Advertising Interviews

David Mayo

CEO | 06 Dec 2013

Our body language has changed, India has really benefitted from being a signed up member of a network, we can see that in the P&L, in the types and calibre of people that we are hiring. We can see that in the work we are doing now, and it is only a year right now, we are planting the right seeds now for a longer term play.

Bates, now Bates CHI & Partners, has had quite an eventful year to put it rather mildly – from numerous senior exits in the previous year to a change in identity, it has been a year of change and restructuring for the agency. David Mayo, who took over as CEO, Bates Asia has been at the helm of all these changes.

Mayo started his career in London working on the Unilever, Panasonic and Diageo business, before shifting base to Hong Kong in 1993 to work on BAT and HSBC. In 1997, he joined Ogilvy in Singapore to run Guinness in Asia before launching RedCard, billed as Asia’s most awarded creative boutique, in 2001. In 2006, he rejoined Ogilvy to run the global Motorola business. He then led Ogilvy & Mather Advertising across Asia for three years before taking on Ogilvy Mather ASEAN in 2011. In 2012, he started a new chapter and helped launch the new Bates CHI & Partners as CEO.

In conversation with exchange4media’s Priyanka Mehra, Mayo speaks at length about the first year as one of establishing new foundations, which he likens to going to base camp, the company’s business strategy, and more...

Q. How has the past year panned out for you? Your appointment was preceded by with numerous senior exits, and followed by a change in identity...

I took on the reins on November 5, and then we launched Bates Chi and Partners across the region on the February 28, 2013 – we treat this as our Founding Day.

We have an excellent history in Asia. Bates has been here since the 1940’s and has had a good run. However, since the last 20 years, it has had mixed fortunes, the reason is that other agencies have arrived with their clients, and the agencies and clients have cracked the code of how to operate and how to scale it. Many agencies have managed to crack the code of how to take creativity and scale it across India, somewhere along the way Bates lost its way a little bit.

But we have an excellent management team – we have Sanjay, Saurabh and Sagar, who run the business. They are second to none, and I have worked with all of them previously.

On a lighter note, on my first trip to India as Bates Asia CEO, I was asked by a young lady in Delhi, ‘We've had four CEOs in five years, how long are you going to be here?” I said to her, ‘I’ll be here for five years, how long will you be here?’, and she said ‘Five years, if you will be here.’ In year one, we have established new foundations; year two, we will have some good announcements to make, new senior regional appointments – we will have strategic and new creative leadership in the region.

Q. What is your business strategy going forward?

We have a two-part business strategy – new business development and creativity. From a new business point of view we’ve had a good year, there are three types of new businesses that we seek – development of the existing clients, called ‘farmer business’, the best endorsement is when a client wants to grow their business with you – Dell in Bangalore is a great example of how we have been able to grow that piece of business. The sign of a good agency is its ability to grow its relationship with its existing client, the work it does to grow the business and with that growth in business, the agency grows with them. Case in point is Weiden+Kennedy with Nike, and Ogilvy with Vodafone, Pidilite – these are timeless relationships that have grown with the agencies.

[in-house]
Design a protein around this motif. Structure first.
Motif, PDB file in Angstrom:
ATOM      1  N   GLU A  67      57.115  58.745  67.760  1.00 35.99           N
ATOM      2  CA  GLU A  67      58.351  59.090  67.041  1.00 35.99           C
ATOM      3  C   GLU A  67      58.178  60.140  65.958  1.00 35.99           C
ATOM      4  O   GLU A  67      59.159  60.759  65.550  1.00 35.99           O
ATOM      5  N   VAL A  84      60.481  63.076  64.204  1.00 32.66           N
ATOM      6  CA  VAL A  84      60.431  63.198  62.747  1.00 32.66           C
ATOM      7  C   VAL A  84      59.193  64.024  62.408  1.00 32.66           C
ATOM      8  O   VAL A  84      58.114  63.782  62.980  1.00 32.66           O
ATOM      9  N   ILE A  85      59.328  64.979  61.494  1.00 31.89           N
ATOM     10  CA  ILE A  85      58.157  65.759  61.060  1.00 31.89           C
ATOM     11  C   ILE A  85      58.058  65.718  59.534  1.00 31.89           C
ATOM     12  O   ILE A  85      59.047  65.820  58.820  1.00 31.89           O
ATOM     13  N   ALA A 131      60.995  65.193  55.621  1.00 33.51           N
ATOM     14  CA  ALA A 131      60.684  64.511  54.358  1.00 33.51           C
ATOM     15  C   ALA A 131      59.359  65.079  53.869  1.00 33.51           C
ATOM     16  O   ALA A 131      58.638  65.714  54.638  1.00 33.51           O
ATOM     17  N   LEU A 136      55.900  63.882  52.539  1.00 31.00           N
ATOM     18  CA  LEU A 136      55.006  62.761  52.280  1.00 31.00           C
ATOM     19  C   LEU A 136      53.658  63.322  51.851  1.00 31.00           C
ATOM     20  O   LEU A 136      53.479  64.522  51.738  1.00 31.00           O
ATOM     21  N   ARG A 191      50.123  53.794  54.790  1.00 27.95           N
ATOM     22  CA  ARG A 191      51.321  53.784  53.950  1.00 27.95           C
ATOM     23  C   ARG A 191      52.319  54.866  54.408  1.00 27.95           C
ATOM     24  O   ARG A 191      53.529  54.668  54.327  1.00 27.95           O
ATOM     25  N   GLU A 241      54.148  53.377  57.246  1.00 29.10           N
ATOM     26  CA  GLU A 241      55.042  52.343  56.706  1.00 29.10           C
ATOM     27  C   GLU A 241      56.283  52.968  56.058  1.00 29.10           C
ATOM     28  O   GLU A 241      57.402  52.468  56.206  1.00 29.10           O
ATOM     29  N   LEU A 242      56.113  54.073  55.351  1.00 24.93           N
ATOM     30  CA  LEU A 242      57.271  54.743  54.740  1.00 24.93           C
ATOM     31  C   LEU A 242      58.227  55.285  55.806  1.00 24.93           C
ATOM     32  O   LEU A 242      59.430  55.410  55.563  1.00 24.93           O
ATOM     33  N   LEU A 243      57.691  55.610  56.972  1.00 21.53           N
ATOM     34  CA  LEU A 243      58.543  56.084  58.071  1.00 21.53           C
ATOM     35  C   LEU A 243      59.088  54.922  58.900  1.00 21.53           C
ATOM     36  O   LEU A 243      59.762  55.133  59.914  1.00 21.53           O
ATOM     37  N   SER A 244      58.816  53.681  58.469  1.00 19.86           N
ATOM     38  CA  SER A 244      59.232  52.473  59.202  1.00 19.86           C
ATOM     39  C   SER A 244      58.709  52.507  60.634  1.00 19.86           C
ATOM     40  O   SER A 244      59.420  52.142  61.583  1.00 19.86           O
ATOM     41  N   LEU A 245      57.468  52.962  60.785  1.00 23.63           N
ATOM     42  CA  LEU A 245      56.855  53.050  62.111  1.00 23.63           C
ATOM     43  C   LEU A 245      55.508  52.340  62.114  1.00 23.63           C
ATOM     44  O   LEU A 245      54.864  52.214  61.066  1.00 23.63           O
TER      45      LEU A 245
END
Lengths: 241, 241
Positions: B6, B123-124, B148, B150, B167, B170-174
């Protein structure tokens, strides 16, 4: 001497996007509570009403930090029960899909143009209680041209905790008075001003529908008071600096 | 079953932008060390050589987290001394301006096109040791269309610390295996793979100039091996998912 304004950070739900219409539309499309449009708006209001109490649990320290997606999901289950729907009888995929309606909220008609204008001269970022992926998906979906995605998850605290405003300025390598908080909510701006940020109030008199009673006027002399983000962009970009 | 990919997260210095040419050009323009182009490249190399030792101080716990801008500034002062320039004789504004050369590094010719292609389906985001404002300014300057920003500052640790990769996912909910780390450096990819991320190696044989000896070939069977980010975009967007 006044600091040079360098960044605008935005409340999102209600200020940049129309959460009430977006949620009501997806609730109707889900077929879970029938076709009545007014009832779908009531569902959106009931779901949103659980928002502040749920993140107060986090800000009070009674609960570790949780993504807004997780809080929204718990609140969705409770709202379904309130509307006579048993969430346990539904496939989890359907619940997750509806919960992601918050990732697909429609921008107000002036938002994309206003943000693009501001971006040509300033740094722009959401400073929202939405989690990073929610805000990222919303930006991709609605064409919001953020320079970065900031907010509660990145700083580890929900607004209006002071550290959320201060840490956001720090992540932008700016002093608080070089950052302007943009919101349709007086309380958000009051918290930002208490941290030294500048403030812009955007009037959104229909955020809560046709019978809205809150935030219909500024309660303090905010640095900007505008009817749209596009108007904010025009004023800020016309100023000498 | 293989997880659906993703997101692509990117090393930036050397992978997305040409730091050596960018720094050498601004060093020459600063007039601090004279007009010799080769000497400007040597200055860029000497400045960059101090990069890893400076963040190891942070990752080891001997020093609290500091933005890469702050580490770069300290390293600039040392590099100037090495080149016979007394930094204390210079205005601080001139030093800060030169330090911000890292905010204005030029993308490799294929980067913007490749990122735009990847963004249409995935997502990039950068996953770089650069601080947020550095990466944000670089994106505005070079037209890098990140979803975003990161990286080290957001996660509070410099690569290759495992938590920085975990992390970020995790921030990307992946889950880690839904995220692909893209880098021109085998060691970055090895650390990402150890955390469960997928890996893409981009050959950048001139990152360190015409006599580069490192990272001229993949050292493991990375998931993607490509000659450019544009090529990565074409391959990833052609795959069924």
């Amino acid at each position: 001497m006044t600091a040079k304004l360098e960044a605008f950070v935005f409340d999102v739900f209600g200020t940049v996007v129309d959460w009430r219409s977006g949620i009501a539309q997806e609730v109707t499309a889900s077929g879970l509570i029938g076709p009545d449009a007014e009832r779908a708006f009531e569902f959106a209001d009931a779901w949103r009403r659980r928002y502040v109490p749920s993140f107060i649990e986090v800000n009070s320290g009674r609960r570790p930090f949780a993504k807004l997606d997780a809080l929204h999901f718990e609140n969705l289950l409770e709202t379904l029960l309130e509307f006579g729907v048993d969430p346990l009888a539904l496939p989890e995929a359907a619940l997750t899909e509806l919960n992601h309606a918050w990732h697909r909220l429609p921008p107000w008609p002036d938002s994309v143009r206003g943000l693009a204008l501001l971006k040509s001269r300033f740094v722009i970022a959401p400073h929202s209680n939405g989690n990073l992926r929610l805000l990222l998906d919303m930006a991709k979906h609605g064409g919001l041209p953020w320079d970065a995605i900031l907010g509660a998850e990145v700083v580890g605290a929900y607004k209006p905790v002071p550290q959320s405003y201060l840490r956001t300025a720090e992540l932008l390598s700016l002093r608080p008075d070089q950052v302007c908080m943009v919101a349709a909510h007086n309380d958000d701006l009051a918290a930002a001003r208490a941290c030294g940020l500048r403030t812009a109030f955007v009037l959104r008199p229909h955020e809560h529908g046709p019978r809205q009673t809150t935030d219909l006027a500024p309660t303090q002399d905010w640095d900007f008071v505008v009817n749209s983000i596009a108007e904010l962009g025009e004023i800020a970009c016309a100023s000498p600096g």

The second part is ‘hunt to business’, which is all the new business and new clients coming to our organisation. Uninor has been our biggest win this year.

Third type of business development is what we call ‘Hunting on the farm’, for example, a client who has got a piece of business that would like to come to India. In the same way, India plays the significant role of an importer as well as exporter of business in the network. I see the synergy of a network and breathe it everyday.

Q. Do you believe the fortunes of the agency have changed in India?

Our body language has changed, India has really benefitted from being a signed up member of a network, we can see that in the P&L, in the types and calibre of people that we are hiring. We can see that in the work we are doing now, and it is only a year right now, we are planting the right seeds now for a longer term play.

When you are part of a network and family and adopt their body language, this can help you in different countries and everything starts falling in place.

Q. What are the changes that you have made since taking charge?

When I took on this role, we were a network of 14 offices across nine markets, but it felt like 14 different fiefdoms. What we have done this year is that we have started training our people – we have carried out almost 4,000 hours of training amongst 800 of our people across the region. We have put together a network of talent development and have been relocating people across offices as travel broadens the mind and experience.

I’m not building systems and giving instructions, but providing opportunities to our people to develop their latent skills. If I can have another four years like this one, we will have a company that does fantastic work, has a great point of view, and has a culture. Year one was about going to the base camp, it is not the destination.

We understand ourselves and we understand that clients like what we do and our collaborative way of working. Getting clients is 20 per cent of the work, keeping them and growing them constitutes the remaining 80 per cent; unless we do that, we won't survive.

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